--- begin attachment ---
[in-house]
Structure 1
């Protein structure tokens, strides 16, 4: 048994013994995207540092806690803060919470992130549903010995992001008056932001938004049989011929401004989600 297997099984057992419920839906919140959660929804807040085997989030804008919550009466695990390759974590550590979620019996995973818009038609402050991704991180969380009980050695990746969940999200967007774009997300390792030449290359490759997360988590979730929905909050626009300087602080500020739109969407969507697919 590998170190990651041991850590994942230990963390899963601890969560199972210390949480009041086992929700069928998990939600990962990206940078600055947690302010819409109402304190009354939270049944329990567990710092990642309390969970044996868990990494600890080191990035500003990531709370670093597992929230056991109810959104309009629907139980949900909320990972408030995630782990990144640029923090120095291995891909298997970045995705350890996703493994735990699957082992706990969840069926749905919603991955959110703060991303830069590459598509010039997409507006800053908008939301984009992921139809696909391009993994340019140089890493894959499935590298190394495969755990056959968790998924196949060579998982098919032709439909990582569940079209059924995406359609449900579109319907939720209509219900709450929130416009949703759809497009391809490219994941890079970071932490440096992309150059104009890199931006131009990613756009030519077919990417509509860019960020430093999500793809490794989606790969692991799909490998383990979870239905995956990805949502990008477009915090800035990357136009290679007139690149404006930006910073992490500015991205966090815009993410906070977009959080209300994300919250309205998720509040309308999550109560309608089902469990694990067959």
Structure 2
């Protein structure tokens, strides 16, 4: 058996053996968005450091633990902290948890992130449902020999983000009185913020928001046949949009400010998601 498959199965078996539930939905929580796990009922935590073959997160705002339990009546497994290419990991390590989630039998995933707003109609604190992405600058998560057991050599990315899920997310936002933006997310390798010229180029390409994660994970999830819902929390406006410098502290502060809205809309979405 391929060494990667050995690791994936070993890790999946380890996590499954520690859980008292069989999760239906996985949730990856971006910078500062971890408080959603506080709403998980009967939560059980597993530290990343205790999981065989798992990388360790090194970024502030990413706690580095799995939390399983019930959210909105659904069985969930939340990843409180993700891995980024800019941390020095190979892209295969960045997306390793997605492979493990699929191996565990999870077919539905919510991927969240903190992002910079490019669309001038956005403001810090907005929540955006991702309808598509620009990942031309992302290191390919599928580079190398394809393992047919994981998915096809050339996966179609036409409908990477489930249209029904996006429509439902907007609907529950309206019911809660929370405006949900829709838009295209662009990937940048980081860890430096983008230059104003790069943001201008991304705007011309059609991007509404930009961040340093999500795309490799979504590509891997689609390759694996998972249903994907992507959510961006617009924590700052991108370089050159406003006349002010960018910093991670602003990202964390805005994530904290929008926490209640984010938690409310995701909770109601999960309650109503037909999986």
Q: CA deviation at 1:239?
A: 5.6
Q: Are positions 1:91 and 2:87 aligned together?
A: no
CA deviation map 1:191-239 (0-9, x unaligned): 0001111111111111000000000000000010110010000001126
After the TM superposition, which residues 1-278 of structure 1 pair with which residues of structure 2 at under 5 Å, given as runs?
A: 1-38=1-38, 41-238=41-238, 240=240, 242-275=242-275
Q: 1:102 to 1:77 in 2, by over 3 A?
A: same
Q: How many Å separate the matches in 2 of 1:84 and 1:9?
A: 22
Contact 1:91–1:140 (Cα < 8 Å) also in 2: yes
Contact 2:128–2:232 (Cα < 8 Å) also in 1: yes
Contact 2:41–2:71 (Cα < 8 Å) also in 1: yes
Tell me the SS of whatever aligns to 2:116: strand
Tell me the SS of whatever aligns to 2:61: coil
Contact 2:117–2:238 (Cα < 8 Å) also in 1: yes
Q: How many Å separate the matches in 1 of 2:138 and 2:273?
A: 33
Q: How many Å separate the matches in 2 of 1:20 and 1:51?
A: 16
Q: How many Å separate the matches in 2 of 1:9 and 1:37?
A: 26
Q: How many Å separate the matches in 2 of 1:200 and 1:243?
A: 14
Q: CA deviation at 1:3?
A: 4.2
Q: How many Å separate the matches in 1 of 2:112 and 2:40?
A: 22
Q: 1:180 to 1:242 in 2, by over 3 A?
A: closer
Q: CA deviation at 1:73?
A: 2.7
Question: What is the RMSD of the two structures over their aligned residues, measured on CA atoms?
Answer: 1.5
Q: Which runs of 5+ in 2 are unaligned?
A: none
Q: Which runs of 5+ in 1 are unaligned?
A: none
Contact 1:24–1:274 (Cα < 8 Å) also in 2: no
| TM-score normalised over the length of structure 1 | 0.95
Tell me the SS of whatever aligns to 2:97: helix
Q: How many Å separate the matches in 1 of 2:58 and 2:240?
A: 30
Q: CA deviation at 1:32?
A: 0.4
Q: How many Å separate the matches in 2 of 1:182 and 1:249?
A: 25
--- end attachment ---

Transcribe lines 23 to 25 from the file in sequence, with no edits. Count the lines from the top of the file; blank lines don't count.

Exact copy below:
Q: How many Å separate the matches in 1 of 2:138 and 2:273?
A: 33
Q: How many Å separate the matches in 2 of 1:20 and 1:51?